On February 27th, PRLC held its first forum to connect interested citizen conservationists with local resources and organizations working in the environmental field. We were privileged to have as a guest speaker John Cronin who is the Senior Fellow in Environmental Affairs at the Pace Academy for Applied Environmental Studies at Pace University, where he is helping to create an interdisciplinary program of undergraduate and graduate studies in environmental innovation and policy. He shared with us his inspiring story of how he became the first Hudson Riverkeeper starting in 1983 and went on to pursue a 40 year career in environmental advocacy as a result of a formative volunteer experience with music legend Pete Seeger. PRLC’s Land Steward & Educator, Krista Munger, and Geoff Griffiths, a visiting graduate student from the SUNY School on Environmental Science and Forestry, presented various local and national initiatives which use volunteer data to inform decision-making on conservation priorities. Geoff is working to develop the New York Wildflower Monitoring Project on the iNaturalist web platform.
We were pleased to see the interest generated by this event and look forward to working with local conservationists interested in citizen science to support both our work and the work of other inspiring, local organizations. To obtain the resource list prepared for this event, email Krista at firstname.lastname@example.org or call 914-205-3533 at PRLC’s Armstrong Education Center’s Office.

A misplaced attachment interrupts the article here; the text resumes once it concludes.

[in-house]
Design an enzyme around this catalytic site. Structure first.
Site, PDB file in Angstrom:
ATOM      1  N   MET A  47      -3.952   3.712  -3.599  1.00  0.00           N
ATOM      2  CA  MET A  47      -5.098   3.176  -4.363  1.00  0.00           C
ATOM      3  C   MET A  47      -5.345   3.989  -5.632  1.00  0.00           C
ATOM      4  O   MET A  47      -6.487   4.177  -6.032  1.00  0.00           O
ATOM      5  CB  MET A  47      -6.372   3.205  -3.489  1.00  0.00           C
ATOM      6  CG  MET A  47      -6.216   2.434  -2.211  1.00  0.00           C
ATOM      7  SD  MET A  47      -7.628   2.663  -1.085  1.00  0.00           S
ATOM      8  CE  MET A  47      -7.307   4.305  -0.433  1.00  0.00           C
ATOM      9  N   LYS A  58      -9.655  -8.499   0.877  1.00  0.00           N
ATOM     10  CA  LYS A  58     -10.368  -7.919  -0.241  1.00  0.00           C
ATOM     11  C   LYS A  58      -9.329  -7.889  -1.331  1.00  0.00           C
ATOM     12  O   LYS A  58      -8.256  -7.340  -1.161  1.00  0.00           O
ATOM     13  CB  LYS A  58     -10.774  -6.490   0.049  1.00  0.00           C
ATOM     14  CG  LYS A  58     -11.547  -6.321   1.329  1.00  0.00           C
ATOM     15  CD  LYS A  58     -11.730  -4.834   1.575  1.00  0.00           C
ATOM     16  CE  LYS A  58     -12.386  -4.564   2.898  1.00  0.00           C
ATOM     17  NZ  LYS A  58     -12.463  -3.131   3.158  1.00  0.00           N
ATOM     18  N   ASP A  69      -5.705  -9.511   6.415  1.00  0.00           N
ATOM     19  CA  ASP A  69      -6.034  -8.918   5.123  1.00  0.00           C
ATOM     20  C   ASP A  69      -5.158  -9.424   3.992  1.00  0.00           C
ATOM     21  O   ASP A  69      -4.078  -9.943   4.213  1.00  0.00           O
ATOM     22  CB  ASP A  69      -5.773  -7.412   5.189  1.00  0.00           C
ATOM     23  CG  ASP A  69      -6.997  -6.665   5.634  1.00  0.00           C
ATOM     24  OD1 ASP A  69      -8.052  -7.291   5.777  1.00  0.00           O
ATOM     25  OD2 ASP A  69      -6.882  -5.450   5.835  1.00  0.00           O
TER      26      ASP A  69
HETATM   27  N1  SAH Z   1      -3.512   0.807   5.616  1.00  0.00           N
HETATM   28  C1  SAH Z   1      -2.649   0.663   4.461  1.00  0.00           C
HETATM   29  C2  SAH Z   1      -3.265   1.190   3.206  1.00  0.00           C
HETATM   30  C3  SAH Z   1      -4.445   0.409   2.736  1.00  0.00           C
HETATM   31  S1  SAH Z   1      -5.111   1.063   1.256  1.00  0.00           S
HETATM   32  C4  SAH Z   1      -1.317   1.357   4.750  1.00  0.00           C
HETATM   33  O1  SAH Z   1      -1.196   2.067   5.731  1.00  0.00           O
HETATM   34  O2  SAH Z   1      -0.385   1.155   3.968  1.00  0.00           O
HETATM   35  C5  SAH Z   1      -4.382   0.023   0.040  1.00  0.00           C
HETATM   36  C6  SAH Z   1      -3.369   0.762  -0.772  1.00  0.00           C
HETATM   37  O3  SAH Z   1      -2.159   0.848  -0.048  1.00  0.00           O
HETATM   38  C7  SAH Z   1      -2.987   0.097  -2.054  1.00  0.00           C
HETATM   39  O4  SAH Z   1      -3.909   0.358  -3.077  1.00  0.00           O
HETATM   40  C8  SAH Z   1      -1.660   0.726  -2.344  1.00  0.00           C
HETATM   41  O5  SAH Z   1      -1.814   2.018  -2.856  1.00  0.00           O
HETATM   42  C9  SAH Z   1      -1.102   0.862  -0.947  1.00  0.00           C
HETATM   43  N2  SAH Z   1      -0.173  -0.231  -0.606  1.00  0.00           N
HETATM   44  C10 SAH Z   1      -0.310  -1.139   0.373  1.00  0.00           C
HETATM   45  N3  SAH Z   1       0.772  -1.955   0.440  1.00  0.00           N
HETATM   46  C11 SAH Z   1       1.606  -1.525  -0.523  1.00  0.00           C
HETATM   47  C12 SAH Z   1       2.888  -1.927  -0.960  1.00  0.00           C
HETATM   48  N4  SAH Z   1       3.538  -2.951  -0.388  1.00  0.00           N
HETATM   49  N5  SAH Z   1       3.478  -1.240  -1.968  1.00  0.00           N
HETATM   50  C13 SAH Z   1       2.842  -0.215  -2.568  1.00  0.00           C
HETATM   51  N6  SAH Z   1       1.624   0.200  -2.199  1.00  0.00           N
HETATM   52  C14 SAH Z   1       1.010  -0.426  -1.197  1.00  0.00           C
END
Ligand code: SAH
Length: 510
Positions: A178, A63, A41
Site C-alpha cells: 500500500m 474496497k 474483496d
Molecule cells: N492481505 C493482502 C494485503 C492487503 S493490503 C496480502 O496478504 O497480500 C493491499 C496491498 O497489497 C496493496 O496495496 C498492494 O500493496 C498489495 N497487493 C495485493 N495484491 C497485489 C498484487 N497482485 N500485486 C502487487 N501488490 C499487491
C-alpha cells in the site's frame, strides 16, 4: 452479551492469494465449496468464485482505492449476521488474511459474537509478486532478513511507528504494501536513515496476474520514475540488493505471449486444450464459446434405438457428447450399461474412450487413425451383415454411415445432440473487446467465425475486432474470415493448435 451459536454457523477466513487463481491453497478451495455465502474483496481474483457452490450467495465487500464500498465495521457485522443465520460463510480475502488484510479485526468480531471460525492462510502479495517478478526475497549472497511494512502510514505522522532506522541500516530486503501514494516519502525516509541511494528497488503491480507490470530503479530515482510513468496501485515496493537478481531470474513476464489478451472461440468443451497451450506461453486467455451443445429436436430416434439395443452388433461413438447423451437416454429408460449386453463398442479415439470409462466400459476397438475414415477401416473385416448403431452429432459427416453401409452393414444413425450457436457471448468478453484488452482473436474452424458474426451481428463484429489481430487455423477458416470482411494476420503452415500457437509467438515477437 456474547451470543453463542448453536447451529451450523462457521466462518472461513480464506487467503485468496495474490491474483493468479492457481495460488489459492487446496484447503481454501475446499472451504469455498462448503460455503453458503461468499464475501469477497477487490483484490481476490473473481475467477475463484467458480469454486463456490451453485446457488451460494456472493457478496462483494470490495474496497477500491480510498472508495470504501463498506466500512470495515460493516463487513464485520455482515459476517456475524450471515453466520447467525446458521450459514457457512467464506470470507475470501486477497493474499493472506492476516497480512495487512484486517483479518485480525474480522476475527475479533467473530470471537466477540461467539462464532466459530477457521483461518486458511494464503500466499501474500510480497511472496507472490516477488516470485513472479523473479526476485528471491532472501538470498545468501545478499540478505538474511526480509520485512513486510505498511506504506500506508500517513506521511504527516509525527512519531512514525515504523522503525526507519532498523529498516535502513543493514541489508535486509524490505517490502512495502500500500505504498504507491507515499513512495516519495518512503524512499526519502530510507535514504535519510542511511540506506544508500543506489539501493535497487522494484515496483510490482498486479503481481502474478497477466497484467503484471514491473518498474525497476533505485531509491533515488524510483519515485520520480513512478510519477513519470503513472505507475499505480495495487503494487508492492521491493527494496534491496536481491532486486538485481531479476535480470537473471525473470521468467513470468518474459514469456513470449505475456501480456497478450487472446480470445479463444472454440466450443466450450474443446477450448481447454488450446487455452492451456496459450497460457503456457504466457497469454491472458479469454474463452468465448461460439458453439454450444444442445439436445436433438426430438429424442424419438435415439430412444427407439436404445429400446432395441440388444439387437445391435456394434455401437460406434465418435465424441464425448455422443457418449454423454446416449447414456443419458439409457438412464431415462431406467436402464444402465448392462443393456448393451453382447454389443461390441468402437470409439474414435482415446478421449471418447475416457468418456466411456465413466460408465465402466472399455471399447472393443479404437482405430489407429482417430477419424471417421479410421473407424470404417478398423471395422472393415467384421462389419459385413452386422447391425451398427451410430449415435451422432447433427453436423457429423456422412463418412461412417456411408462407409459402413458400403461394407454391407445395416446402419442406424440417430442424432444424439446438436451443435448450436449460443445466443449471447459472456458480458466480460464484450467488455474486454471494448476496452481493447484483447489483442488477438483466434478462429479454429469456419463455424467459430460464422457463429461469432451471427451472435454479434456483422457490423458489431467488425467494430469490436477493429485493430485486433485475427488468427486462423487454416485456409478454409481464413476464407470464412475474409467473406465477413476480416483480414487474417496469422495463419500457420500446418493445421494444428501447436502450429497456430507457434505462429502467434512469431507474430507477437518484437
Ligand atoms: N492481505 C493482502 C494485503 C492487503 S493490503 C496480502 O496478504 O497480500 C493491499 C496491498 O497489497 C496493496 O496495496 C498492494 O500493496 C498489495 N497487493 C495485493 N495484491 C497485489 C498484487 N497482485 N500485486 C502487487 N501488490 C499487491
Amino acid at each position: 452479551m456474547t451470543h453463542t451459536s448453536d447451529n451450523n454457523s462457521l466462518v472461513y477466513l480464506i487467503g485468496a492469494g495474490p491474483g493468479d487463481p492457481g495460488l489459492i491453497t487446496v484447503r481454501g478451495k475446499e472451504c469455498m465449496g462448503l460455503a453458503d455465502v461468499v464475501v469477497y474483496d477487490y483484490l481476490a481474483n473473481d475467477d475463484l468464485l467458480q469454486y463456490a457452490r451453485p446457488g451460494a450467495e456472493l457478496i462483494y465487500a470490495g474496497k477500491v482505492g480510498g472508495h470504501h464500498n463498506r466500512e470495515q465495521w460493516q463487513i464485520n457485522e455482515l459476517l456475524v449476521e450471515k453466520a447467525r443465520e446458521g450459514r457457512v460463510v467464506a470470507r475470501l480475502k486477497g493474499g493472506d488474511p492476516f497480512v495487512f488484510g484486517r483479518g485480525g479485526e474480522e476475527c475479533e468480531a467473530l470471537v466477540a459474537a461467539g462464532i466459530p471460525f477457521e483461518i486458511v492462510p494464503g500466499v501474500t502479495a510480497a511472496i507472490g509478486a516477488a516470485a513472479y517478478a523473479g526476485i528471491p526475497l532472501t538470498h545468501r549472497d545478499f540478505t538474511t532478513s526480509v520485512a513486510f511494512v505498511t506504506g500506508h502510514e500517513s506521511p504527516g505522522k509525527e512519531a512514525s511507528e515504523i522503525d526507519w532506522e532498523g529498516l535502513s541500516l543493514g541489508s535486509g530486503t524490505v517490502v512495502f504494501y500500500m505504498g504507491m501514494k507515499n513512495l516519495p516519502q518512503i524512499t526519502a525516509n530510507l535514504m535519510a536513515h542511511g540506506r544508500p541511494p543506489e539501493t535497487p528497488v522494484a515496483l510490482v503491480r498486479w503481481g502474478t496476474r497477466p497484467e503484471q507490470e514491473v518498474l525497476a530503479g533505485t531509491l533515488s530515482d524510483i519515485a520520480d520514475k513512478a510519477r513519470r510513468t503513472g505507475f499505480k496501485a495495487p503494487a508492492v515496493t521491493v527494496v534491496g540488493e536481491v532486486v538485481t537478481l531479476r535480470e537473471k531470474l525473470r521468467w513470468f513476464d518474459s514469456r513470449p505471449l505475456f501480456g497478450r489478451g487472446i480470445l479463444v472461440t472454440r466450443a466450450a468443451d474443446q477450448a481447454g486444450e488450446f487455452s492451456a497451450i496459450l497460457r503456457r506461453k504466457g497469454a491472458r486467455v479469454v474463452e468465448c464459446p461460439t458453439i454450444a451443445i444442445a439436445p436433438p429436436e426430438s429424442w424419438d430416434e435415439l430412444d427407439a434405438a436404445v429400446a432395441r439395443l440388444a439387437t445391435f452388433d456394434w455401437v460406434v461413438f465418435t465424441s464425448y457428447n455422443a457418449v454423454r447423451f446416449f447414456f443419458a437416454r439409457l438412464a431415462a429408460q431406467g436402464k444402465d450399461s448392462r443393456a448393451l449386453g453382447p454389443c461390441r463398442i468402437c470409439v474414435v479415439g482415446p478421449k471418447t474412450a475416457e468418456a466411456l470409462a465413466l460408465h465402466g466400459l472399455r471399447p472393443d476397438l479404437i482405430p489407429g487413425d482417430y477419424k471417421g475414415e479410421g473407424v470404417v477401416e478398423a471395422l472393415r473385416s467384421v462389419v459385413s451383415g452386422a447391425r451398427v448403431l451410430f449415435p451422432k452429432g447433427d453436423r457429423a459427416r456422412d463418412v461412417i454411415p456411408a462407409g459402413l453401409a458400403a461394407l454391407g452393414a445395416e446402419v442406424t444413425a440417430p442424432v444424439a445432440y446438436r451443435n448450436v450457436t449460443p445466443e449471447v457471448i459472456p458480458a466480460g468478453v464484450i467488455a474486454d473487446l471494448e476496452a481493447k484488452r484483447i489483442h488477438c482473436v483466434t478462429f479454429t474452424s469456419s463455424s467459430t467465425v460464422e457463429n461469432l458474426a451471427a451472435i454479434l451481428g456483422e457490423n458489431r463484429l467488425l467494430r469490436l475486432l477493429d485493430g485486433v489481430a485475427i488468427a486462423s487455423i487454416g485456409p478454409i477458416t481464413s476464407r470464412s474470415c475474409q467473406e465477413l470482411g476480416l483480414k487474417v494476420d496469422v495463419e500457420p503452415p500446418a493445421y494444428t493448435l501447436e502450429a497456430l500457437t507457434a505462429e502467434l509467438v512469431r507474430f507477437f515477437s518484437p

On January 20th, the PRLC membership and board met at the Pound Ridge Library to elect returning and new board members and new board officers for 2016. Newly elected to the board is Pamela Corey, a 9-year resident of Pound Ridge and avid hiker. She will begin a 3- year term although she has been active with the organization over the past year in a volunteer capacity. Elyse Arnow was re-appointed for another 3-year board term. New officers were elected for 2016 with Mike Kagan as newly installed President, Pamela Corey as Treasurer, Deborah Sherman as Vice President and Elyse Arnow as Secretary. Mike has been on the board for five years, Treasurer for the past three and active on the organization’s Preserve Management and Development Committees. He hails formerly of Winterbottom Lane and now of Old Stone Hill Road. We welcome his talents and vision and applaud his dedication.